The permafrost is likely to take many decades at least to thaw, so the methane locked within it will not be released into the atmosphere in one burst, said Stephen Sitch, a climate scientist at the Met Office's Hadley Centre in Exeter.

But calculations by Dr Sitch and his colleagues show that even if methane seeped from the permafrost over the next 100 years, it would add around 700 million tonnes of carbon into the atmosphere each year, roughly the same amount that is released annually from the world's wetlands and agriculture. It would effectively double atmospheric levels of the gas, leading to a 10% to 25% increase in global warming, he said.

Tony Juniper, director of Friends of the Earth, said the finding was a stark message to politicians to take concerted action on climate change. "We knew at some point we'd get these feedbacks happening that exacerbate global warming, but this could lead to a massive injection of greenhouse gases.

"If we don't take action very soon, we could unleash runaway global warming that will be beyond our control and it will lead to social, economic and environmental devastation worldwide," he said. "There's still time to take action, but not much.

"The assumption has been that we wouldn't see these kinds of changes until the world is a little warmer, but this suggests we're running out of time."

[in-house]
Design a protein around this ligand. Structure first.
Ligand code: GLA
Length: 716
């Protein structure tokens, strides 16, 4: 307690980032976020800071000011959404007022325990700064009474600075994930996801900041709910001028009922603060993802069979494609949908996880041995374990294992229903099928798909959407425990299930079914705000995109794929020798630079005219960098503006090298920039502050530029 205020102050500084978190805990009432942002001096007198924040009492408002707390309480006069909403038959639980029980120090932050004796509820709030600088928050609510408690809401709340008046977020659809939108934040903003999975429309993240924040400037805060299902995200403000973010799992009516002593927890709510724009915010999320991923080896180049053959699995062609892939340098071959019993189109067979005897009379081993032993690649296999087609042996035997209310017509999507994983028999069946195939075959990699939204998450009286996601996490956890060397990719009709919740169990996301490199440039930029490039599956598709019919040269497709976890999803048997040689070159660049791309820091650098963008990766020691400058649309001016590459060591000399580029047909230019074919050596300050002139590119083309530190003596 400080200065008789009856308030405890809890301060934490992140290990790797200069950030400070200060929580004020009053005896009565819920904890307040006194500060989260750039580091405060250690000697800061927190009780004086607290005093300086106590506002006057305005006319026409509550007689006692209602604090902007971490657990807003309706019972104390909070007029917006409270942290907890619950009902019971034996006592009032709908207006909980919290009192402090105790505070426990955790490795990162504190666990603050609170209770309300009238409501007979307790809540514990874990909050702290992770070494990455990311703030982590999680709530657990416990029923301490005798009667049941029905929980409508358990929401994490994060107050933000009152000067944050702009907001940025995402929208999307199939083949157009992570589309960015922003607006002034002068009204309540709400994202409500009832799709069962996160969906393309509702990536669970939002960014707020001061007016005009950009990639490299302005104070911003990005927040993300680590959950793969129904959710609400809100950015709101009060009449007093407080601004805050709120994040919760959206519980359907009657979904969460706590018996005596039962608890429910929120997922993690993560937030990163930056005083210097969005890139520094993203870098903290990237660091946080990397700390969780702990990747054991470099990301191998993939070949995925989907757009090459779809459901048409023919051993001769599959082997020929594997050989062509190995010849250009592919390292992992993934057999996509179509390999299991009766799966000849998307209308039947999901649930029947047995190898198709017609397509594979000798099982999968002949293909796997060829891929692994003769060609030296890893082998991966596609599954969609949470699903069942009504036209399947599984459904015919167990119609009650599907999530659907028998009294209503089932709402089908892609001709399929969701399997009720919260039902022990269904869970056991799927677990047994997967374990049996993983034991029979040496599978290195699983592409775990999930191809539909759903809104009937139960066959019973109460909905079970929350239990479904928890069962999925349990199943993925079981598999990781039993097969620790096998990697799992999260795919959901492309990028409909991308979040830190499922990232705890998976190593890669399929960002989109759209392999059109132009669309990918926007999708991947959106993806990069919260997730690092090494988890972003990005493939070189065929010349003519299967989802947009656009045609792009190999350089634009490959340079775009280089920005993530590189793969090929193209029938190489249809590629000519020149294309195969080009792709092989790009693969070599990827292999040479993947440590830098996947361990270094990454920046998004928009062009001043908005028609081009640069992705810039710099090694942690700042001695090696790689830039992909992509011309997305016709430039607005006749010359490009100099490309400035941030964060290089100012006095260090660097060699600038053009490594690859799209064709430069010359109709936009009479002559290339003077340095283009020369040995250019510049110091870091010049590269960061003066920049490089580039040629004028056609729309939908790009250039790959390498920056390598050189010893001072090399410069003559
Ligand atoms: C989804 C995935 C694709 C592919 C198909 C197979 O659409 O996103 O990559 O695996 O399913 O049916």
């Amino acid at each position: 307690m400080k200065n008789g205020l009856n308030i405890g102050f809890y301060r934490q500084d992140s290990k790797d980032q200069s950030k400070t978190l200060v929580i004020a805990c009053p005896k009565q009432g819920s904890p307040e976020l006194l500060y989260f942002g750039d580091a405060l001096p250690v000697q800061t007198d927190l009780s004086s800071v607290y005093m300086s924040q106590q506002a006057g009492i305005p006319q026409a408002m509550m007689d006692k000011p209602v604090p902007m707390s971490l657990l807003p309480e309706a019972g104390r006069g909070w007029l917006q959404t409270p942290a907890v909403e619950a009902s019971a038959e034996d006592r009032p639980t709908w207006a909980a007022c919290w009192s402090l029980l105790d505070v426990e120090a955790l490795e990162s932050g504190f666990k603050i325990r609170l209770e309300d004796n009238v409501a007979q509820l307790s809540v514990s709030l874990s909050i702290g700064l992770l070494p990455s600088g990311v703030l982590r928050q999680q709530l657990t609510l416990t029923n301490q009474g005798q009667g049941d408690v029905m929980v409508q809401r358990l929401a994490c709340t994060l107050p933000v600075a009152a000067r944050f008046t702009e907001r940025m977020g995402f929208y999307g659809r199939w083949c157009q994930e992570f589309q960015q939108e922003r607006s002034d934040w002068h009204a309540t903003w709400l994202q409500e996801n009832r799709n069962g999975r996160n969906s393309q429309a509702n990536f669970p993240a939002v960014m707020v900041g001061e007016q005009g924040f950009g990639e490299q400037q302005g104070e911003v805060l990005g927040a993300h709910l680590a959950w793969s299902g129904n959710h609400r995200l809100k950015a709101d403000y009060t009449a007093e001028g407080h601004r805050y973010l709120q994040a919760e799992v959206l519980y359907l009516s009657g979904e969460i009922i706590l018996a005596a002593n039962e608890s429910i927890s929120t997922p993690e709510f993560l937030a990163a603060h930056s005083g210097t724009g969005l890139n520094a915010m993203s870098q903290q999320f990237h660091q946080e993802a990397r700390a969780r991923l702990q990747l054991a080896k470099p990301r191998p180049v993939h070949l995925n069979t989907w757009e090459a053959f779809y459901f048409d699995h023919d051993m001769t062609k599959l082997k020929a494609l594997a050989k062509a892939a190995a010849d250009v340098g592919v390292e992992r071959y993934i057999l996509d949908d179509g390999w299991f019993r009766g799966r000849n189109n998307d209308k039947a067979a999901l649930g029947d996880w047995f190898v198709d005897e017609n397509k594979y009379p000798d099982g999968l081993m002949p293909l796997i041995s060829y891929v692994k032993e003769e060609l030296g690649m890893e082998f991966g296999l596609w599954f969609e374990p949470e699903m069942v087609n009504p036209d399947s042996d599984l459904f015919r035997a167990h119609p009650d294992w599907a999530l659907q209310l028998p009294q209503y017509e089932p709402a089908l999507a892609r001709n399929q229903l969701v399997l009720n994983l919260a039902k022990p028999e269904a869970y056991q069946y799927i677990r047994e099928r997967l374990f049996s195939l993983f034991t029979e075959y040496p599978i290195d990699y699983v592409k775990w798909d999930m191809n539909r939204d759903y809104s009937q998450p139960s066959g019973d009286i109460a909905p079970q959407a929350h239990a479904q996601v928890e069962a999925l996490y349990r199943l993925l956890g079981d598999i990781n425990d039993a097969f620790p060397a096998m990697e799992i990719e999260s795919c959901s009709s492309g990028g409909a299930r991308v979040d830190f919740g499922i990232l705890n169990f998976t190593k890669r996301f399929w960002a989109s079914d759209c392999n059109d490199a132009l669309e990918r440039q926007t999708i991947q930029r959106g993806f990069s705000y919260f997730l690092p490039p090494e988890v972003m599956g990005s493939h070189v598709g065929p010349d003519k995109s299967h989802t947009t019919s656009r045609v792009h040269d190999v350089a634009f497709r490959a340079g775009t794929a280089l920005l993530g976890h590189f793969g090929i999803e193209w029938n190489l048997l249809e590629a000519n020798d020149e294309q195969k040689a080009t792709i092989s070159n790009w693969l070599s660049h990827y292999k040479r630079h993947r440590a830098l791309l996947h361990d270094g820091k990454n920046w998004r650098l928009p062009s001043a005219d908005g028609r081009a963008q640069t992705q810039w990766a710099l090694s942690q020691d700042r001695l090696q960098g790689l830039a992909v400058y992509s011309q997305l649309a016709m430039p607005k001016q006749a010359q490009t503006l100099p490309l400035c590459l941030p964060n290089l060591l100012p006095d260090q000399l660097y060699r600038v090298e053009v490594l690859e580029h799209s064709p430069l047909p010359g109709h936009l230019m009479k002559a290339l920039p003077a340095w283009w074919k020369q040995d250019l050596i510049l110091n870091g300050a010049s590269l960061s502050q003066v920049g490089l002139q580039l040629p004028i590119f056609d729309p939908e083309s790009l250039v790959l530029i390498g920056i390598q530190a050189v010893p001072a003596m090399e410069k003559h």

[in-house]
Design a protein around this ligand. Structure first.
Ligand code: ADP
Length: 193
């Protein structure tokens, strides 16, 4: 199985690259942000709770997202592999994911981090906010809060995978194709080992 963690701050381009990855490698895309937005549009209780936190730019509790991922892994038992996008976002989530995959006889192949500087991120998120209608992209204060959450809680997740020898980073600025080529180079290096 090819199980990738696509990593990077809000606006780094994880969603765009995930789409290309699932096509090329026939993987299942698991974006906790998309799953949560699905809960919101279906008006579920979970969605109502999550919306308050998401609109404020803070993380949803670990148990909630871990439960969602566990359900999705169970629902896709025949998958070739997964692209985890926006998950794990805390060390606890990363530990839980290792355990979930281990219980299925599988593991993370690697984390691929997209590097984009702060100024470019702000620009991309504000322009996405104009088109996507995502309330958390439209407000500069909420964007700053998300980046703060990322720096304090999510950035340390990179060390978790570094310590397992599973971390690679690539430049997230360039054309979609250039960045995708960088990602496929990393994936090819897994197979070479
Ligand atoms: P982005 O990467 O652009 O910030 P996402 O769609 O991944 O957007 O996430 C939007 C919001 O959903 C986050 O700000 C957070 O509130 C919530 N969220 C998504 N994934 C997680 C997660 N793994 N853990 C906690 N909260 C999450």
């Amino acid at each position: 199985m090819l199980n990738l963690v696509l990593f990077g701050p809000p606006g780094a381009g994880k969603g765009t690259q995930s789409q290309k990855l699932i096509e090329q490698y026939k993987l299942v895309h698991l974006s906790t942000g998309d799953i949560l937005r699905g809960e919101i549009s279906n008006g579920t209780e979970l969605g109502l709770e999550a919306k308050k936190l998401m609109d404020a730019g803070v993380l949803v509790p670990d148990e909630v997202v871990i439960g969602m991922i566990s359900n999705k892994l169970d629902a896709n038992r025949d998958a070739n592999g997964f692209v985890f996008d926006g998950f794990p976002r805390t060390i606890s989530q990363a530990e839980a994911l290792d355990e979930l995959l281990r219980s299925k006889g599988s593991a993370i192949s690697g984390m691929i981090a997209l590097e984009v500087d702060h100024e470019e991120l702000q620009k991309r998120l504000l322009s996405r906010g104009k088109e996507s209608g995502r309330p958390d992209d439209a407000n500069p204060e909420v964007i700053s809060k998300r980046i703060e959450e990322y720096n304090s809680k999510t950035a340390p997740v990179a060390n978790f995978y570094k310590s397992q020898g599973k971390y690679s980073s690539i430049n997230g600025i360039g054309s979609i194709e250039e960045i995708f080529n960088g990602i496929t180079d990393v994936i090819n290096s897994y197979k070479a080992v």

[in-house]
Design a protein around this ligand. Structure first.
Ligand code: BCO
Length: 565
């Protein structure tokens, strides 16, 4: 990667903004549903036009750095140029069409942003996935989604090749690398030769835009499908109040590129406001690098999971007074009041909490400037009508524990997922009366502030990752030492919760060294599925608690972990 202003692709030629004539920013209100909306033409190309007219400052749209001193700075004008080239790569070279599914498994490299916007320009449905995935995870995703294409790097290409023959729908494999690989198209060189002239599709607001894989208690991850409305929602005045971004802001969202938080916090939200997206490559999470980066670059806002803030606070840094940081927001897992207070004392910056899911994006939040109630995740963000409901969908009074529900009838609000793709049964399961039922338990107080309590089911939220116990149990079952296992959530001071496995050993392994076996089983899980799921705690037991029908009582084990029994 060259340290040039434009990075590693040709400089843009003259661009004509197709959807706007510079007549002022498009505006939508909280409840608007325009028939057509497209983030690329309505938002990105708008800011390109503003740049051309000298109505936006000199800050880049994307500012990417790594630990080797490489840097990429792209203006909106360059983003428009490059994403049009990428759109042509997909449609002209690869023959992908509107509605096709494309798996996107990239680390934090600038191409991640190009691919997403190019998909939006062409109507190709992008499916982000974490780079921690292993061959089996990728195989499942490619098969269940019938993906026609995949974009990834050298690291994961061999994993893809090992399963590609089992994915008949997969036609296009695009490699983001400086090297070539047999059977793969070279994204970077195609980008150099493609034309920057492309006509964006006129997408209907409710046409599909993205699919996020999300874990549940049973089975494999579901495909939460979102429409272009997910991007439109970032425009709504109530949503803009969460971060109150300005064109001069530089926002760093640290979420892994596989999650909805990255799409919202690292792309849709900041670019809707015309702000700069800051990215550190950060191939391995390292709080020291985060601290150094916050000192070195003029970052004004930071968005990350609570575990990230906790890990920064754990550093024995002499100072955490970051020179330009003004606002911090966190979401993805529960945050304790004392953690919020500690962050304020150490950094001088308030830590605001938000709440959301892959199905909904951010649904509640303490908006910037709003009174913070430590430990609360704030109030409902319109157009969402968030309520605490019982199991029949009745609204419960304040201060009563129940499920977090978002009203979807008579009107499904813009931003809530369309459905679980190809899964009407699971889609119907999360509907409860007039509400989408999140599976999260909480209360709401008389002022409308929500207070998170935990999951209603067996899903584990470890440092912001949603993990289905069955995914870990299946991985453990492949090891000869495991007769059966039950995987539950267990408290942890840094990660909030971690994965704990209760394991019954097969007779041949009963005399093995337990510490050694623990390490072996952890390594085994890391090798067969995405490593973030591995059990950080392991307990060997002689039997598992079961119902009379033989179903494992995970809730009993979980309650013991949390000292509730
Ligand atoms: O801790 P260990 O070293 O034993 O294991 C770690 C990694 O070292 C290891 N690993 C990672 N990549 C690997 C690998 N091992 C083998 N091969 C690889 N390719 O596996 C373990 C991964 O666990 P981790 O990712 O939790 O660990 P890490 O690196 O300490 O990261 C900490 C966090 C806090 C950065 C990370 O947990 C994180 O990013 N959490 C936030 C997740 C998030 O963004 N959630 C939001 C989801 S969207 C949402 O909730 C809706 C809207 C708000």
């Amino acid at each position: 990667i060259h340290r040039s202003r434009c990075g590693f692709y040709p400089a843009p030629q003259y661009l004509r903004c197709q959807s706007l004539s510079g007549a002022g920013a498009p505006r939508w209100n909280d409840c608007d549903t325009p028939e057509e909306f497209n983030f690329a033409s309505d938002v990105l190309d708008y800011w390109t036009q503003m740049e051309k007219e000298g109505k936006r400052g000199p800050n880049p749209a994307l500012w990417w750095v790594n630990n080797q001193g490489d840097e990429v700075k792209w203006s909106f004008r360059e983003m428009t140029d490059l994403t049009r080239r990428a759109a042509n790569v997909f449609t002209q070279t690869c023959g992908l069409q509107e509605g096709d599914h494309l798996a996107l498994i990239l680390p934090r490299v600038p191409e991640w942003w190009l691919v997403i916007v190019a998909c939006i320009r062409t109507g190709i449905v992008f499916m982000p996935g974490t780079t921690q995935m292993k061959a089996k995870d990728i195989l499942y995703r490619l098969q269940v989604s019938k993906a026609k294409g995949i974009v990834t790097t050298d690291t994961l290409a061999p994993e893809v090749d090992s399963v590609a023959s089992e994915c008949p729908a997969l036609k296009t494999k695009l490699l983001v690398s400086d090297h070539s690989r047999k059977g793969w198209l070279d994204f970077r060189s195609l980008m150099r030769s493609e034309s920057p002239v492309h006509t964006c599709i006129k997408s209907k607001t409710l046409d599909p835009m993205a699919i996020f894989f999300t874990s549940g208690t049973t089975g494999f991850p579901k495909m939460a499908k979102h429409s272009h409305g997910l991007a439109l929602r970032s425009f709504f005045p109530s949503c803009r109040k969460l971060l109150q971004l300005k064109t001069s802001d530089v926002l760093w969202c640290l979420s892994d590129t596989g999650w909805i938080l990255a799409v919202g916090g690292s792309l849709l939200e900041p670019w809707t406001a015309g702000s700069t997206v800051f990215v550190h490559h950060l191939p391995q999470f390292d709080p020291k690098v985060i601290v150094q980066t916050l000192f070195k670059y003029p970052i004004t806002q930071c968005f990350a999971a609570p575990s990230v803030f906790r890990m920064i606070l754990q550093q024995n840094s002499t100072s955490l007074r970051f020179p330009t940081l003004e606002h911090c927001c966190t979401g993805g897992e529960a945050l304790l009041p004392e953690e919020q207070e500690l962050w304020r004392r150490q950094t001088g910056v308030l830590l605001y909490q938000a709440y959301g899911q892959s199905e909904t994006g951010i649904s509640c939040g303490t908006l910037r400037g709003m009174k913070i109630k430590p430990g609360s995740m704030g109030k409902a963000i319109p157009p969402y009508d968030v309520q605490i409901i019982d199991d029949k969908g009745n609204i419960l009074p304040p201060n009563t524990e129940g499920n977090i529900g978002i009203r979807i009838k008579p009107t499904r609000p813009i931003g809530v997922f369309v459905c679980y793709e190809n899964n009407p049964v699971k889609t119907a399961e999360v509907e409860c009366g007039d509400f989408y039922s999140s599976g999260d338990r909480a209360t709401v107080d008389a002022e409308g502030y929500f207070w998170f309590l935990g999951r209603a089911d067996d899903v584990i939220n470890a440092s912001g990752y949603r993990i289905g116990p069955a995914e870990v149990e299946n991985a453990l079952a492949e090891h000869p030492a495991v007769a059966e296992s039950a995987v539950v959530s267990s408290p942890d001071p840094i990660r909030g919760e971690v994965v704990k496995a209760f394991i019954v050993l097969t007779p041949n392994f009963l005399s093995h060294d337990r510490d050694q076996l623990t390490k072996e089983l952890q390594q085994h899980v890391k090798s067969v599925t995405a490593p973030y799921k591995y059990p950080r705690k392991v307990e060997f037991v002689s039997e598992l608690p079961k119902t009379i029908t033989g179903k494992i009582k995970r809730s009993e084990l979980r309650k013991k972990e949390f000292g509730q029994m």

In May this year, another group of researchers reported signs that global warming was damaging the permafrost. Katey Walter of the University of Alaska, Fairbanks, told a meeting of the Arctic Research Consortium of the US that her team had found methane hotspots in eastern Siberia. At the hotspots, methane was bubbling to the surface of the permafrost so quickly that it was preventing the surface from freezing over.

Last month, some of the world's worst air polluters, including the US and Australia, announced a partnership to cut greenhouse gas emissions through the use of new technologies.

The deal came after Tony Blair struggled at the G8 summit to get the US president, George Bush, to commit to any concerted action on climate change and has been heavily criticised for setting no targets for reductions in greenhouse gas emissions.

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News :: Civil & Human Rights : Gender & Sexuality : Globalization & Capitalism : Labor & Economics : Womyn

A woman's place is ... on the board

Get more women on the board or we will shut you down. This is the Norwegian government's stark warning to companies in an attempt to break the glass ceiling holding back female executives.

Like their British counterparts, Norwegian women have had a tough time getting seats at the boardroom table. In Britain, figures from a Guardian survey on executive pay last week showed that less than 10% of directors are female.

In Norway the figure stands at over 15% in private sector firms but in a nation where over a third of MPs and eight out of 19 cabinet ministers are female, it is still a low number.

But that could all be about to change. Last year, the Norwegian parliament passed a bill forcing private firms to have at least 40% women on their boards. Companies had until July to boost participation of their own accord. If the numbers are insufficient, which the state will decide by August 15, sanctions will be applied and they won't just be a slap on the wrist.

"If they don't follow the rules, at the end of the day, they will be dissolved," said Ansgar Gabrielsen, the 50-year-old conservative politician who initiated the law when he was trade and industry secretary.

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News :: Media Organizations in Monterey Bay Area